marriages in situations of severe poverty often meet with roadblocks.
Numerous women are left alone to care for their children as husbands
leave the makeshift camp to find work elsewhere for weeks or months
at a time.
'[Rohingyas] are the
only ethnic group in Burma restricted
from marriage, travelling beyond their village or building or maintaining
religious structures,' says international advocacy and assistance organisation,
Refugees International. 'In addition, they are subject to frequent forced
labour, arbitrary taxation, sexual violence and land confiscations by
the NaSaKa [Burma
When husbands leave
for work in neighbouring regions, women as heads of household are forced
to get their family's food rations, as well as search for clean potable
water along with wood for cooking and heating their homes. Dangers for
women who often walk hours to gather basic necessities cause an ongoing,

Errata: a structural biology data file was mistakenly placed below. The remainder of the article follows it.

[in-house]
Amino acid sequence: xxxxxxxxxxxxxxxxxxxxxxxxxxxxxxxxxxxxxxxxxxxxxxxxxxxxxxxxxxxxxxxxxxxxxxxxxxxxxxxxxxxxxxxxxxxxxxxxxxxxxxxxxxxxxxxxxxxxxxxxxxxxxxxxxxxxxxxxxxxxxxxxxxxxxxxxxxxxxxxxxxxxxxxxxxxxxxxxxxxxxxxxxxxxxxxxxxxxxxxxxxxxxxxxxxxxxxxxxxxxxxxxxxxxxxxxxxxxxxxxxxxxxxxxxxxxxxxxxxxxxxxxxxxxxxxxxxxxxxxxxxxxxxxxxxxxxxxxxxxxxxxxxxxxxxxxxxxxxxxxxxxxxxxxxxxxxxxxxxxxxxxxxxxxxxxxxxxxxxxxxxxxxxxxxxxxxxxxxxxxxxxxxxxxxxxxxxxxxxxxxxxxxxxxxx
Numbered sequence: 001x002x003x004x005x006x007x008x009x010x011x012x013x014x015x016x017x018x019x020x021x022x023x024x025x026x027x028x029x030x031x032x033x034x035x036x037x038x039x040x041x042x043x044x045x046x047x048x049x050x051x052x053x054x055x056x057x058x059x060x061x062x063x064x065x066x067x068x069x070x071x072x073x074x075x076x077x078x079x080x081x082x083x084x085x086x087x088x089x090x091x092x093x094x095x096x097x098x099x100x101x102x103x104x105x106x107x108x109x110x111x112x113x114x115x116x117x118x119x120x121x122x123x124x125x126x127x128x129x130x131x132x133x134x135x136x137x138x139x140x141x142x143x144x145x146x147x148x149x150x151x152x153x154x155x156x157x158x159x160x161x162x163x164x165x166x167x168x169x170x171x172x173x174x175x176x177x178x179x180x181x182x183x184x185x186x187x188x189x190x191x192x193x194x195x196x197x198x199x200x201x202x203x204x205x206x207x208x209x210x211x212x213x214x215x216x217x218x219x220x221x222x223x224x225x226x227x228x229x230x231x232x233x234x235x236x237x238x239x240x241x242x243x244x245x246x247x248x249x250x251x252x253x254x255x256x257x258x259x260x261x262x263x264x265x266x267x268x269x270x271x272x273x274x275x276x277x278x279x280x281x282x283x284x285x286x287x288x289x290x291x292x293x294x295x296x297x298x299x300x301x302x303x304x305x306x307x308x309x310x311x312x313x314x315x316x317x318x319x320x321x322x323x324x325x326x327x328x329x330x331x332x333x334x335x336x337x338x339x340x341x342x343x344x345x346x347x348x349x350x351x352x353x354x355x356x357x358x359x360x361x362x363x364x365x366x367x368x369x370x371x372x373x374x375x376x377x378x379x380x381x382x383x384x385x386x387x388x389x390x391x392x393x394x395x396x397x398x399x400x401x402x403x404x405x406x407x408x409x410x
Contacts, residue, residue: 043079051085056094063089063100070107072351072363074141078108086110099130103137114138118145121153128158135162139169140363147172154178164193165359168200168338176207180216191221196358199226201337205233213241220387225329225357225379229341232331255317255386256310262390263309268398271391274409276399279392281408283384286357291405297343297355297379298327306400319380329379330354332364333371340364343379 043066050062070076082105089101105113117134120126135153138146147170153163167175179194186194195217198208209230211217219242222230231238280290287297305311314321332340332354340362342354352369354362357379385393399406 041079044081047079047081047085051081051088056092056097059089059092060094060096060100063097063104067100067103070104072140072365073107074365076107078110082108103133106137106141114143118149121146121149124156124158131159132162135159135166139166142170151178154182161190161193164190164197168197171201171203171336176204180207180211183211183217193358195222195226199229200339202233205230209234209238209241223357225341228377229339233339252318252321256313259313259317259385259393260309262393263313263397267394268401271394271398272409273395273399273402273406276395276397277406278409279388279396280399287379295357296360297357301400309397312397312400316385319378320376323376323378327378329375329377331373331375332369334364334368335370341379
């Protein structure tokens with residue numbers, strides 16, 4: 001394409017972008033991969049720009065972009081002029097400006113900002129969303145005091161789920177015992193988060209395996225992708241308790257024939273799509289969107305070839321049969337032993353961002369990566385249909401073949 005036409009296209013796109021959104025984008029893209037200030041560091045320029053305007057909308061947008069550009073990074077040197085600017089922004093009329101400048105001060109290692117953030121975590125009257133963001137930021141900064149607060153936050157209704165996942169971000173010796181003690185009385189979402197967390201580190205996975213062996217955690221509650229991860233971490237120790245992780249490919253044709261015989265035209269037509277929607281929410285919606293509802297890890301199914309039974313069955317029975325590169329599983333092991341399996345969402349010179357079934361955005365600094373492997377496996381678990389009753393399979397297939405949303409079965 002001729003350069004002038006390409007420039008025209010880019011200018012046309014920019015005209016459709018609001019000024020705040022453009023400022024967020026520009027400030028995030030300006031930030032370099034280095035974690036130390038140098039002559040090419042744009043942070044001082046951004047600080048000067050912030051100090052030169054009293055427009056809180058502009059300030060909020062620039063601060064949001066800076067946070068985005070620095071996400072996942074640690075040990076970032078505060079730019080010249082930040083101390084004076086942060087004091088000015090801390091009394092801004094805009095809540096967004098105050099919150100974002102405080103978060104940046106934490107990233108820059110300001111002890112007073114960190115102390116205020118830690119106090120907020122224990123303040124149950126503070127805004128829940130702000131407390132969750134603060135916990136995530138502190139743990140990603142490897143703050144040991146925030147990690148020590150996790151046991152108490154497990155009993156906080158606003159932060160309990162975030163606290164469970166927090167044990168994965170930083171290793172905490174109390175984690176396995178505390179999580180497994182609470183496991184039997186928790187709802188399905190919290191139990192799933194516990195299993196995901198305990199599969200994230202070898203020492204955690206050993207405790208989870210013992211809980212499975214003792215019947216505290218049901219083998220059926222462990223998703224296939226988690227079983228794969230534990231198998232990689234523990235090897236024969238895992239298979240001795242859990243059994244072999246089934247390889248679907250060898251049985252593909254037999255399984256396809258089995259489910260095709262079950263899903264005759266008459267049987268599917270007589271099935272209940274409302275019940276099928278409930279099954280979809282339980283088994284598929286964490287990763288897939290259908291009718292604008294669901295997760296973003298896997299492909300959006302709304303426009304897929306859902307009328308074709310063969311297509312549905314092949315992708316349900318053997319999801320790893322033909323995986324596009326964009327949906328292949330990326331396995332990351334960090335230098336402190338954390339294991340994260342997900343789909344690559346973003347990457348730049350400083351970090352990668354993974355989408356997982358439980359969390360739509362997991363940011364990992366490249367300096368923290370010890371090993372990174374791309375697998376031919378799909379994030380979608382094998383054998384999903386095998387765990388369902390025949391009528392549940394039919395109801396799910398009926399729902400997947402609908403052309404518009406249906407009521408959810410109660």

and serious, safety dilemma. Cases of rape are not uncommon.
Concerns at public
community toilets in the camp are also a real safety issue as less than
one toilet is available to women per 10 families at Kutupalong. When
rape does happen, women have no access to making police reports or to
Protection for women
and girls against domestic violence and sexual assault too is literally
non-existent inside the camp.
After what many now
claim was an attempt at ethnic cleansing in 1991-92, over 200,000 Rohingyas
fled to Bangladesh
following reports of widespread torture, deaths and atrocities.
But the numbers of
those who migrated are not reliable. The current population of Rohingya
living inside Bangladesh may
number over twice the reported figures. Under-reporting and lack of
accurate statistics have contributed to a trend of deteriorating conditions